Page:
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Bill to amend state’s three-strikes rules passes House

Updated: Feb. 10, 2021 at 4:22 PM CST
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JACKSON, Miss. (WLBT) - A bill that would significantly amend the state’s habitual offender laws has made it through the state House of Representatives.

On Thursday, the House approved H.B. 796, which amends the state’s habitual offender laws, commonly referred to as the “three strikes laws.”

The bill will now go to the Senate, where it will be referred to a committee for further review.

A similar bill introduced by District 5 Sen. Daniel Sparks, but died in the Judiciary B Committee.

Sparks said Senate leadership likely killed his bill to take up the measure from the House.

“I’m good working with the House or the Senate bill, as long as we get a good bill,” he said.

If passed by the Senate and signed by the governor, the legislation would mean that felony crimes committed 15 years prior to a person’s new offense could not be counted toward their third strike.

Currently, the three-strikes rules mandate that all felony convictions be counted toward a person’s strike total, regardless of the time that has elapsed between convictions.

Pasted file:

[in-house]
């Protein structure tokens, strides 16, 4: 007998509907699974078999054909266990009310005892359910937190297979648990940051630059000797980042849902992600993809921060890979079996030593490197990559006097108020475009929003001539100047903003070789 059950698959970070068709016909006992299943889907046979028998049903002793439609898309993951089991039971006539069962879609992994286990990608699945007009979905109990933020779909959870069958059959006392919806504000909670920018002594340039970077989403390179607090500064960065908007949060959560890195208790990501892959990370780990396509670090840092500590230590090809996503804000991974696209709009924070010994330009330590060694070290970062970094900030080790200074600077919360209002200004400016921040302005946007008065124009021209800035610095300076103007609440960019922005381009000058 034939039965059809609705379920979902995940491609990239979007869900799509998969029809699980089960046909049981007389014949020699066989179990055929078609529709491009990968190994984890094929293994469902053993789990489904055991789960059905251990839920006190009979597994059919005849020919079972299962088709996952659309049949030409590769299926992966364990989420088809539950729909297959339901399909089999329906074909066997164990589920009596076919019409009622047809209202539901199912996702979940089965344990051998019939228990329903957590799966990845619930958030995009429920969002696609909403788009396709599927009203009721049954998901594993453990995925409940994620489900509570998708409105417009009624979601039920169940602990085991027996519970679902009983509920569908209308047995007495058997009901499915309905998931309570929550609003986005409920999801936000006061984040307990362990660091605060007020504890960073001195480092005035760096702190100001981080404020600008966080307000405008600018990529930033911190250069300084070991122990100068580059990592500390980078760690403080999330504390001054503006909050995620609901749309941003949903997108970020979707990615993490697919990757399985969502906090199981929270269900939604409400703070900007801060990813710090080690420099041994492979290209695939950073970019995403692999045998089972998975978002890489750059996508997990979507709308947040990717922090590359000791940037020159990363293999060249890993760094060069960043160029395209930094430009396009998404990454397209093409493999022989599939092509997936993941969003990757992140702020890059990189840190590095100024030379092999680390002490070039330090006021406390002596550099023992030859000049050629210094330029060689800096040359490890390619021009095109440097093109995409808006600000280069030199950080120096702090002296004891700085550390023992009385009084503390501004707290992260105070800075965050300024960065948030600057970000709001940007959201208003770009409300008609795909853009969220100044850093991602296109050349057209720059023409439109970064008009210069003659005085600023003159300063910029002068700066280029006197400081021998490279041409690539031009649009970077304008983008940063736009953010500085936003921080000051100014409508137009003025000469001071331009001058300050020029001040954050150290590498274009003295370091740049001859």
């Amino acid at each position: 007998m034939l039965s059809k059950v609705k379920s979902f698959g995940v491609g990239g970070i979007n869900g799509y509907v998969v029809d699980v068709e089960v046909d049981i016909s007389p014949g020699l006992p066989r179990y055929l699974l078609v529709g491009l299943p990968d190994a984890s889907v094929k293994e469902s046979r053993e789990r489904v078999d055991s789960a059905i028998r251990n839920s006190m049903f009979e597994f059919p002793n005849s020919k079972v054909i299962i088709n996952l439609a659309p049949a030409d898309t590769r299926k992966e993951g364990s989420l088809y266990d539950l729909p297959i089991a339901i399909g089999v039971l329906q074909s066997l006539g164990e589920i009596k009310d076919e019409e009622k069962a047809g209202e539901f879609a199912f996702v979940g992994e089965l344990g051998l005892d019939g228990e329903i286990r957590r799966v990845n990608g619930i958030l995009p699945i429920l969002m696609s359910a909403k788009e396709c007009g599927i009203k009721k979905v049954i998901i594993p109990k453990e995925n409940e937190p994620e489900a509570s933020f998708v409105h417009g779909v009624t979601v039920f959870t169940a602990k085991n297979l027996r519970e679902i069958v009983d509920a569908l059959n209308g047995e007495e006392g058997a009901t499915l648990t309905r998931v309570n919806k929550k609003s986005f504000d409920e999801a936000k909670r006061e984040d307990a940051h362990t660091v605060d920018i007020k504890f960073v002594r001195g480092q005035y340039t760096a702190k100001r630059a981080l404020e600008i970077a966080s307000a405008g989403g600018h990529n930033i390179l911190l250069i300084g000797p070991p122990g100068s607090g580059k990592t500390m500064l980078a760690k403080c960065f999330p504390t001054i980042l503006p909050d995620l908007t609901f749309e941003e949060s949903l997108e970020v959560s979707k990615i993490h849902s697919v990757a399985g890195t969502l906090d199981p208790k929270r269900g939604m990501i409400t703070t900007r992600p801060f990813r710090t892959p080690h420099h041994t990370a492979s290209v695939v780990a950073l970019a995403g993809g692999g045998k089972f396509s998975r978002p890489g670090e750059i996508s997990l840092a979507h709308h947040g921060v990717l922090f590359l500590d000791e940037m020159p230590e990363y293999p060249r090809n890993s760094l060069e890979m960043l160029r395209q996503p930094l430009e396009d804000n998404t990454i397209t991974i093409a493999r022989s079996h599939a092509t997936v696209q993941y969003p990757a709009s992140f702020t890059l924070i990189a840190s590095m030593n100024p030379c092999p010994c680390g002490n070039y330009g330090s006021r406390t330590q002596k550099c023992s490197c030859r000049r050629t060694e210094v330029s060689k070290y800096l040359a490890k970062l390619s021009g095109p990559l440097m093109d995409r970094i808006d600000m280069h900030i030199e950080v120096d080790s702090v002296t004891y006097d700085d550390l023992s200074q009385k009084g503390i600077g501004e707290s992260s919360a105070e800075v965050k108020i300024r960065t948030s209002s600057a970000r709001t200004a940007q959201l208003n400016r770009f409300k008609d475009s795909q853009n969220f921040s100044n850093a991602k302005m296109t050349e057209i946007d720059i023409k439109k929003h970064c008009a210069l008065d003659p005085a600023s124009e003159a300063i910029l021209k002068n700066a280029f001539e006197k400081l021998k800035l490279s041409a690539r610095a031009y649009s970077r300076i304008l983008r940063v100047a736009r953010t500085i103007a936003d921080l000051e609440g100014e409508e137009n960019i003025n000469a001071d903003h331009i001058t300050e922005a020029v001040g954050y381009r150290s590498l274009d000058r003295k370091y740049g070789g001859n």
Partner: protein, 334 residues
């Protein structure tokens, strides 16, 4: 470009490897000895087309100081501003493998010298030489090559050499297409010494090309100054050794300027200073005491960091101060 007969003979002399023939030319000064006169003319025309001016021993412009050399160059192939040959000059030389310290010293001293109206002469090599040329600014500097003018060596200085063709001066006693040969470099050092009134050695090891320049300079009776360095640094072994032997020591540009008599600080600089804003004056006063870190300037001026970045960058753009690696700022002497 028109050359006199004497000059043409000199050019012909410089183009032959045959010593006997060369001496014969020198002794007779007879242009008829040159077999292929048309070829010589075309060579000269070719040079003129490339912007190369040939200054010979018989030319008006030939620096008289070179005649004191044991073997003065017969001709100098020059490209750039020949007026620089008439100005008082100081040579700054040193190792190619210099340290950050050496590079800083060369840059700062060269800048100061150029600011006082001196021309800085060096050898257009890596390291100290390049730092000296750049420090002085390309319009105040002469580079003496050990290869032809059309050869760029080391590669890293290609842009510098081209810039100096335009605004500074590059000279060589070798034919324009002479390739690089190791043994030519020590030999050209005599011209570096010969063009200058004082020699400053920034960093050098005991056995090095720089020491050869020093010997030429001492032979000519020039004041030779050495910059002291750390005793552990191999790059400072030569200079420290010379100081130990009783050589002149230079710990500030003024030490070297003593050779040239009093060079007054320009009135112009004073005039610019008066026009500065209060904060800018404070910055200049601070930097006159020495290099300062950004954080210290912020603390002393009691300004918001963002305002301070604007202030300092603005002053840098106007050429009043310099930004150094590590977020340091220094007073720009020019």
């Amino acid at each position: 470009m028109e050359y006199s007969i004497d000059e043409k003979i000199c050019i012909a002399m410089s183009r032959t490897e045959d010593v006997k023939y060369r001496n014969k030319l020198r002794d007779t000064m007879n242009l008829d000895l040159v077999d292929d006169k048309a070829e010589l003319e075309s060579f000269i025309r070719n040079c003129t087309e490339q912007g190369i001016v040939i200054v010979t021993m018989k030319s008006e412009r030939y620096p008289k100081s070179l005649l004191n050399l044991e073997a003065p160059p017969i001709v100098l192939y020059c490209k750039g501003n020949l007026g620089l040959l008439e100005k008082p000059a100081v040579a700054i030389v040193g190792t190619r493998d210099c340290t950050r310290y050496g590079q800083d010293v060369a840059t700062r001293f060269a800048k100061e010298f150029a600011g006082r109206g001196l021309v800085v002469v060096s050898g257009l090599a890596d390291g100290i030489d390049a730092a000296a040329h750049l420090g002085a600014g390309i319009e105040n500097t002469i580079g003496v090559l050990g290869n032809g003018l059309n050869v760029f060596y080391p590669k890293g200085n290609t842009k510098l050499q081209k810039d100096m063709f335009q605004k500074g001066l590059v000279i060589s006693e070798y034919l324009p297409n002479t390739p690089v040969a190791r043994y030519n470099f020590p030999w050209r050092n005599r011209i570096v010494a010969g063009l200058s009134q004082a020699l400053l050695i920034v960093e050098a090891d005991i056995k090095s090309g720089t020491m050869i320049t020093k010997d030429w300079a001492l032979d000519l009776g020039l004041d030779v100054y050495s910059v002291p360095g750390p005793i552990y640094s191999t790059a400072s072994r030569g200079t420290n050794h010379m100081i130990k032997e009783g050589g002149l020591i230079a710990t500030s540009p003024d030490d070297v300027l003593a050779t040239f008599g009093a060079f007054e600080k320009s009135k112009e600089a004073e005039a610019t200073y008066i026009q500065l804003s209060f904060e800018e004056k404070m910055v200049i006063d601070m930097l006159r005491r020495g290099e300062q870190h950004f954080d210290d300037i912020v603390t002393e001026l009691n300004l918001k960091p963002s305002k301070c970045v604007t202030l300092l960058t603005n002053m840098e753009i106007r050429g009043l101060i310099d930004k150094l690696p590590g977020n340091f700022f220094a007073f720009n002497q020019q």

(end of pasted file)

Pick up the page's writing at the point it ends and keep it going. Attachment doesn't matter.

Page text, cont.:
Approximately 80 prisoners are currently serving life in prison in Mississippi under the statute.

Among them is James Vardaman, who is 15 years into two life sentences after being convicted of his third and fourth strikes in 2004: having a precursor - an ingredient needed to cook methamphetamine, and conspiracy to cook meth, according to Empower Mississippi.

Authorities found him with seven empty Sudafed boxes, a story from Empower states.

Previously, Vardaman had served 51 months for possession of meth and for simple assault of a police officer.

Because of the assault conviction, state law mandated that he be sentenced to life.

“Universally we agree that the law is a little harsh,” Sparks said. “It’s a lot harsh.”

Basically, habitual offender laws provide for two types of offenses: non-violent and violent felony crimes.

If individuals are convicted of non-violent felonies on three separate occasions, on the third occasion, they must serve the maximum sentence allowed under law, day-per-day with no eligibility for parole.

For individuals who have at least one non-violent felony conviction, on the third felony conviction, the mandated sentence is life without parole.

Further, the length of time between convictions doesn’t matter, meaning that a 50-year-old could be held accountable for a crime he or she committed in their 20s.

“The biggest problem we have is that if your current triggering crime is non-violent, but you had an aggravated assault in your past, it could get you life in prison,” he said. “If you’re going to get life, day-for-day, then your current crime should be a crime of violence.”

H.B. 796 was authored by District 2 Rep. Nick Bain. Bain couldn’t be reached for comment.

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